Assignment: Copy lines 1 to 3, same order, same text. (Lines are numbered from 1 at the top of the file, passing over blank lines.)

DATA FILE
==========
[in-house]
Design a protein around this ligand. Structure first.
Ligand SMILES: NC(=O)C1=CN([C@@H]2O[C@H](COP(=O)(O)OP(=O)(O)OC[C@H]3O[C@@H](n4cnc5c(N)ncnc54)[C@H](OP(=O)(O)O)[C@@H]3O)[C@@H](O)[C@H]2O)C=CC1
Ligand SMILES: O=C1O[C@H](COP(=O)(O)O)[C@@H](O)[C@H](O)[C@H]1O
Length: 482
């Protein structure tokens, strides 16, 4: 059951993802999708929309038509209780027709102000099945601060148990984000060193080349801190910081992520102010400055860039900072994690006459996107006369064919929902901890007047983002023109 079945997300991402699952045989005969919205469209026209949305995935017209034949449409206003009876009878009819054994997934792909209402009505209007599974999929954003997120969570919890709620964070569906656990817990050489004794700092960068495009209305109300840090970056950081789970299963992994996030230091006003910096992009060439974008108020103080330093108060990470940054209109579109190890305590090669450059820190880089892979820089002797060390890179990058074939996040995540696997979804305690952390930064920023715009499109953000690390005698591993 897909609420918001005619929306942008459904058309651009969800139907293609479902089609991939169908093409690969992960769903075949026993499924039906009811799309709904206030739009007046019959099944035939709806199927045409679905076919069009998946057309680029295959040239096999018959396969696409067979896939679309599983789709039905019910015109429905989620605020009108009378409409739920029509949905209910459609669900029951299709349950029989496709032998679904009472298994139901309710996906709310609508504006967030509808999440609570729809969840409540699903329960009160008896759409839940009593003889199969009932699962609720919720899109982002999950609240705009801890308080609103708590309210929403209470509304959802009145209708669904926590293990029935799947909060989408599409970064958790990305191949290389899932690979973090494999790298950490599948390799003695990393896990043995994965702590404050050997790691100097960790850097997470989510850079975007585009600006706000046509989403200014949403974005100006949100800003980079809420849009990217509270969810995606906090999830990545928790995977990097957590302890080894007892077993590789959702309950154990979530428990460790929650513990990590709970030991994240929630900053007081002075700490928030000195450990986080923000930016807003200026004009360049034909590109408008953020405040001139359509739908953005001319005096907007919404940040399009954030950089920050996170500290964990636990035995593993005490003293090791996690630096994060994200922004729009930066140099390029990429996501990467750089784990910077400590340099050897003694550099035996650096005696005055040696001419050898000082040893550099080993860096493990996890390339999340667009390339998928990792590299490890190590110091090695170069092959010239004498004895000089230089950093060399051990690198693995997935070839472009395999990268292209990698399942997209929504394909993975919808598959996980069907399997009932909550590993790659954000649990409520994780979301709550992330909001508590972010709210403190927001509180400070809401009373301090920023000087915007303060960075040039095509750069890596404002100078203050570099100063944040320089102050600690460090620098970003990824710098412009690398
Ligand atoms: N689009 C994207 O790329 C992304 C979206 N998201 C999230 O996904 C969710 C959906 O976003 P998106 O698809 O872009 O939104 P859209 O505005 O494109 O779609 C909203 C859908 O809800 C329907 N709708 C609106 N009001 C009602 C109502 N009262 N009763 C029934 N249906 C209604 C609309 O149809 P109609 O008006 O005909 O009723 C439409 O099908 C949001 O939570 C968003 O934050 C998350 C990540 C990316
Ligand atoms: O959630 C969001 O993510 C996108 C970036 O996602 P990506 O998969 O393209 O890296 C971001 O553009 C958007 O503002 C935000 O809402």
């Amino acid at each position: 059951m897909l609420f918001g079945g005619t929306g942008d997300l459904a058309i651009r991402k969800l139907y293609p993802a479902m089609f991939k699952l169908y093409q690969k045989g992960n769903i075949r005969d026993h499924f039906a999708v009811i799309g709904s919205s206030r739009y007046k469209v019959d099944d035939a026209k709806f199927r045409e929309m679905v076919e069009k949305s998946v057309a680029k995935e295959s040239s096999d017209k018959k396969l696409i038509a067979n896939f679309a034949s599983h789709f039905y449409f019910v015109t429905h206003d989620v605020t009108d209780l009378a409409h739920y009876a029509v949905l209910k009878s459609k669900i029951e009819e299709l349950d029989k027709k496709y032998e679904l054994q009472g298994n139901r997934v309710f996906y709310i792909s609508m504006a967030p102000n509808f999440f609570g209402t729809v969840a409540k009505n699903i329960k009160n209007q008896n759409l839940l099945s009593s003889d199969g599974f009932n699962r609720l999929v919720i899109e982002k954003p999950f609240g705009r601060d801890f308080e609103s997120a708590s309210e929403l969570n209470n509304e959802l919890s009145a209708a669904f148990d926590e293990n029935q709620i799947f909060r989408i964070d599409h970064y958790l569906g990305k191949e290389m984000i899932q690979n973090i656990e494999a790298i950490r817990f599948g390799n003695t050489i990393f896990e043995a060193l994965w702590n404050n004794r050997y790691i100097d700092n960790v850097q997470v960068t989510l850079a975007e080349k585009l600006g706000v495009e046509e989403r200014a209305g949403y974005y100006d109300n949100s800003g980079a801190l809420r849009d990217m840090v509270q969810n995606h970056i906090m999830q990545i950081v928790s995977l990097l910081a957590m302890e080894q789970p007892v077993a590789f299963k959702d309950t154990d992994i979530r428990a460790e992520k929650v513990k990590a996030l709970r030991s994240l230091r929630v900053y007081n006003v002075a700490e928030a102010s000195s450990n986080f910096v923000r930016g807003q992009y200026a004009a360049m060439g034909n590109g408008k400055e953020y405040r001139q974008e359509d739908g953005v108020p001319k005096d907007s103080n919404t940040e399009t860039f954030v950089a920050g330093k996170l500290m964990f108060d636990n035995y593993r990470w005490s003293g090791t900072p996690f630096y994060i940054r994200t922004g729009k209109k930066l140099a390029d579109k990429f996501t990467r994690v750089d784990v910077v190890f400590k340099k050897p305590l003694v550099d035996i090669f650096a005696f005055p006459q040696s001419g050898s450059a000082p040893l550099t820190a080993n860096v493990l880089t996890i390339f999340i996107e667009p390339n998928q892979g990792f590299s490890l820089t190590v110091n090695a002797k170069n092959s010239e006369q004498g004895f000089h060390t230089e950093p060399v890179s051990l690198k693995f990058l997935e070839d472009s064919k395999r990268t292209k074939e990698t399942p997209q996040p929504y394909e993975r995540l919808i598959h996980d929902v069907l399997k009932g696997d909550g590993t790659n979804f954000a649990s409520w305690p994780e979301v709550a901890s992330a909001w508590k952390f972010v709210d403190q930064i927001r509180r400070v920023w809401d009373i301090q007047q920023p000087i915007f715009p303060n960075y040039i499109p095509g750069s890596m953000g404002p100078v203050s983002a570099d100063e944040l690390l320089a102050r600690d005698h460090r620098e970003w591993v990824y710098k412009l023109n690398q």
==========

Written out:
[in-house]
Design a protein around this ligand. Structure first.
Ligand SMILES: NC(=O)C1=CN([C@@H]2O[C@H](COP(=O)(O)OP(=O)(O)OC[C@H]3O[C@@H](n4cnc5c(N)ncnc54)[C@H](OP(=O)(O)O)[C@@H]3O)[C@@H](O)[C@H]2O)C=CC1